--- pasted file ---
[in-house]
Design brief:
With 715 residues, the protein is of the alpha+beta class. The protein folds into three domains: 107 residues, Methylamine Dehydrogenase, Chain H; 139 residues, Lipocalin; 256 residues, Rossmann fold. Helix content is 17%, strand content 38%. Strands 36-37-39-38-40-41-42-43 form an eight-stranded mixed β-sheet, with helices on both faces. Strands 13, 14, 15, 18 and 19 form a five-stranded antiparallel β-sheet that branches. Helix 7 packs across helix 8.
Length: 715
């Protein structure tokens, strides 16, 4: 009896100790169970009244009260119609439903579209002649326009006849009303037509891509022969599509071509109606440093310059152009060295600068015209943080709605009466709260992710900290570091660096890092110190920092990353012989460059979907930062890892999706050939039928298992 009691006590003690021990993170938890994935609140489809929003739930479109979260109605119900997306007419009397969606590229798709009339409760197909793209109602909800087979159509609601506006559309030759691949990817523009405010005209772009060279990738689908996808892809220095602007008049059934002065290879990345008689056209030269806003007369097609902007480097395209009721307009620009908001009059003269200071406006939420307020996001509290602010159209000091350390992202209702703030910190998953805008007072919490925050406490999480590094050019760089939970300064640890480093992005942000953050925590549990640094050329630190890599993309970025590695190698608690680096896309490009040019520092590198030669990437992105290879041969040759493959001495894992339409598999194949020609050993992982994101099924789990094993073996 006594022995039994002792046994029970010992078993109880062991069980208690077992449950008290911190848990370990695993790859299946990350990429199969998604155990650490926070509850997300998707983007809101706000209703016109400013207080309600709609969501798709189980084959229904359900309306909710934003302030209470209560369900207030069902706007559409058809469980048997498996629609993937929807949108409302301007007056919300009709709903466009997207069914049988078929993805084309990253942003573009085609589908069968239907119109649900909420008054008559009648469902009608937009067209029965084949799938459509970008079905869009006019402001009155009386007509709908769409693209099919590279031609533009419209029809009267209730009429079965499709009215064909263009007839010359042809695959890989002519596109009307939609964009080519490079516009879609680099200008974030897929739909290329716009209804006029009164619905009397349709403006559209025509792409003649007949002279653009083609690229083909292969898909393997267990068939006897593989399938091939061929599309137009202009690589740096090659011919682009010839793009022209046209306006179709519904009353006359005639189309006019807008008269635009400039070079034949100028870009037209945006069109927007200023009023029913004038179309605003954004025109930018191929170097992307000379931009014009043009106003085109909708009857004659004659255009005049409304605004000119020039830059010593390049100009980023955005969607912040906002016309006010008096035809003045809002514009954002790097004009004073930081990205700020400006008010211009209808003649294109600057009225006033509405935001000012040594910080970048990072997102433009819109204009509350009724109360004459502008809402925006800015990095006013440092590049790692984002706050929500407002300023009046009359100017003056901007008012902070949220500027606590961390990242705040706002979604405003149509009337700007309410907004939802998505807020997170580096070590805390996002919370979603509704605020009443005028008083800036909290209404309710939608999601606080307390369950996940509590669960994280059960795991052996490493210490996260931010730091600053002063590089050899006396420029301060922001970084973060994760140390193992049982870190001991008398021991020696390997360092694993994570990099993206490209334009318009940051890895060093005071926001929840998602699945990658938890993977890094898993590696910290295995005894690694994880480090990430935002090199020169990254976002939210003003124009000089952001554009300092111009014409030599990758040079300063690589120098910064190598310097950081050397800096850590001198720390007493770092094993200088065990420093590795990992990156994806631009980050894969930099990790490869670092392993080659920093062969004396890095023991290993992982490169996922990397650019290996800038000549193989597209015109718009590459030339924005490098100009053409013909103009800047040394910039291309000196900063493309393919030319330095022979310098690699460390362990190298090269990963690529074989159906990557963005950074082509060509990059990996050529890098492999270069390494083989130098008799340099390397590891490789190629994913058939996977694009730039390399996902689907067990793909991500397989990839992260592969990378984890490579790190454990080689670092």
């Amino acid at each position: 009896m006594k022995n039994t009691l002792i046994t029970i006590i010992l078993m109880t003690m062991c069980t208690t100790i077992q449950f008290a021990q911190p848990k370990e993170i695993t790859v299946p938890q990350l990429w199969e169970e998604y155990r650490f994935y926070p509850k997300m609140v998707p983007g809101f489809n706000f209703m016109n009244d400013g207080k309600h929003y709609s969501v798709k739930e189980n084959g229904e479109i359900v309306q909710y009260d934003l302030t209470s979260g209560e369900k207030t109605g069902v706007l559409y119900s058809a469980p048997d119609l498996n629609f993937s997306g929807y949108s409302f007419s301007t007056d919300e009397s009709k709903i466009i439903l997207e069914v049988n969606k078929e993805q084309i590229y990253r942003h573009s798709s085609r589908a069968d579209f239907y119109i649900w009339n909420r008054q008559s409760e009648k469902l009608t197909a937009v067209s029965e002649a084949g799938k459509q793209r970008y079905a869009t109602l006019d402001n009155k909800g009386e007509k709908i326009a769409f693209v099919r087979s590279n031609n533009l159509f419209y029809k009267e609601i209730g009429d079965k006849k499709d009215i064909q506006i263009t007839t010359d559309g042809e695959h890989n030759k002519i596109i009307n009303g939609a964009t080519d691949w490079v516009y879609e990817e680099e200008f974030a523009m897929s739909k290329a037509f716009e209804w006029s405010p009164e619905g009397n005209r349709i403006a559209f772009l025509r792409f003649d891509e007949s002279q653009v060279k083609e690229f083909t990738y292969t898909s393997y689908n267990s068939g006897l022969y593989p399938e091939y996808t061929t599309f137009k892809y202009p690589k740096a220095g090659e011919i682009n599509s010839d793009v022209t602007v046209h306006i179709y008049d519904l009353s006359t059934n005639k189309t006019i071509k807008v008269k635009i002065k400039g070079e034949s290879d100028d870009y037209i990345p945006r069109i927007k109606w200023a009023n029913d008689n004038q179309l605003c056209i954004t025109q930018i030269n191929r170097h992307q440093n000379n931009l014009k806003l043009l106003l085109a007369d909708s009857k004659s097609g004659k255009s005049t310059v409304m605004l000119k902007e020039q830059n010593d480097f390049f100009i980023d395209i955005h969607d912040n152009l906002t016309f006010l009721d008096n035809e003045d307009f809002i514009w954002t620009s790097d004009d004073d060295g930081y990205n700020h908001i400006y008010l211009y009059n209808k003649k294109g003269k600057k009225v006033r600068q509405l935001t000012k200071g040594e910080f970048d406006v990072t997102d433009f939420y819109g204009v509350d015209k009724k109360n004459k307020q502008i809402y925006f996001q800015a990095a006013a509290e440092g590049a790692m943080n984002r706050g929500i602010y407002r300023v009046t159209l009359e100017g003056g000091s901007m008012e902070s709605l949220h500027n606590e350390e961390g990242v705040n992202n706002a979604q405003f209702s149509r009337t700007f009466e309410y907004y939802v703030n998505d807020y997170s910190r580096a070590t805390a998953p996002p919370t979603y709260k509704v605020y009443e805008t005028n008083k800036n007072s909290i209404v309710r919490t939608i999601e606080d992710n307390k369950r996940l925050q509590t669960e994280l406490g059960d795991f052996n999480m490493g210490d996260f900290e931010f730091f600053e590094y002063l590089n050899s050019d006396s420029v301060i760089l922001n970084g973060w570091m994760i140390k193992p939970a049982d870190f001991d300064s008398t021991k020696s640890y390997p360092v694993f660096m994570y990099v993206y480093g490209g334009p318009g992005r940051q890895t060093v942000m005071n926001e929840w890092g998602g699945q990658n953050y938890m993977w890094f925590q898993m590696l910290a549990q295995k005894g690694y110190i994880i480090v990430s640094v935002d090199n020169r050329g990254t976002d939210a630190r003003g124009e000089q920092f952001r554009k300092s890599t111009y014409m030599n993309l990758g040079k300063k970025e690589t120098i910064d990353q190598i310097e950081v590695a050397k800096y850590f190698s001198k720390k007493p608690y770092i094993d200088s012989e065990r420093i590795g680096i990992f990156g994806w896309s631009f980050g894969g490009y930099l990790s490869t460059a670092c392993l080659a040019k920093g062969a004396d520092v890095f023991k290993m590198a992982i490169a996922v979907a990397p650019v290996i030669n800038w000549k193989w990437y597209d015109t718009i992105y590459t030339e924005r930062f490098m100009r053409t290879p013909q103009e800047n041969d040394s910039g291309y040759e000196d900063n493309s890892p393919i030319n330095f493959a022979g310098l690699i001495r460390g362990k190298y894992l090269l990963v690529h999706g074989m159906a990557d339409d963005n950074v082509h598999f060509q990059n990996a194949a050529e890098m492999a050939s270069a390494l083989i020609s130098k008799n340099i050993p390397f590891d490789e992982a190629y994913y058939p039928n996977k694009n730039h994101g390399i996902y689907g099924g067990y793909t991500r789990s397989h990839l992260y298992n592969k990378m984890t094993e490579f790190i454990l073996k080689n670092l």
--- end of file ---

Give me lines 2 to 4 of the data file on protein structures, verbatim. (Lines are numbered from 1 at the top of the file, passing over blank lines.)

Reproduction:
Design brief:
With 715 residues, the protein is of the alpha+beta class. The protein folds into three domains: 107 residues, Methylamine Dehydrogenase, Chain H; 139 residues, Lipocalin; 256 residues, Rossmann fold. Helix content is 17%, strand content 38%. Strands 36-37-39-38-40-41-42-43 form an eight-stranded mixed β-sheet, with helices on both faces. Strands 13, 14, 15, 18 and 19 form a five-stranded antiparallel β-sheet that branches. Helix 7 packs across helix 8.
Length: 715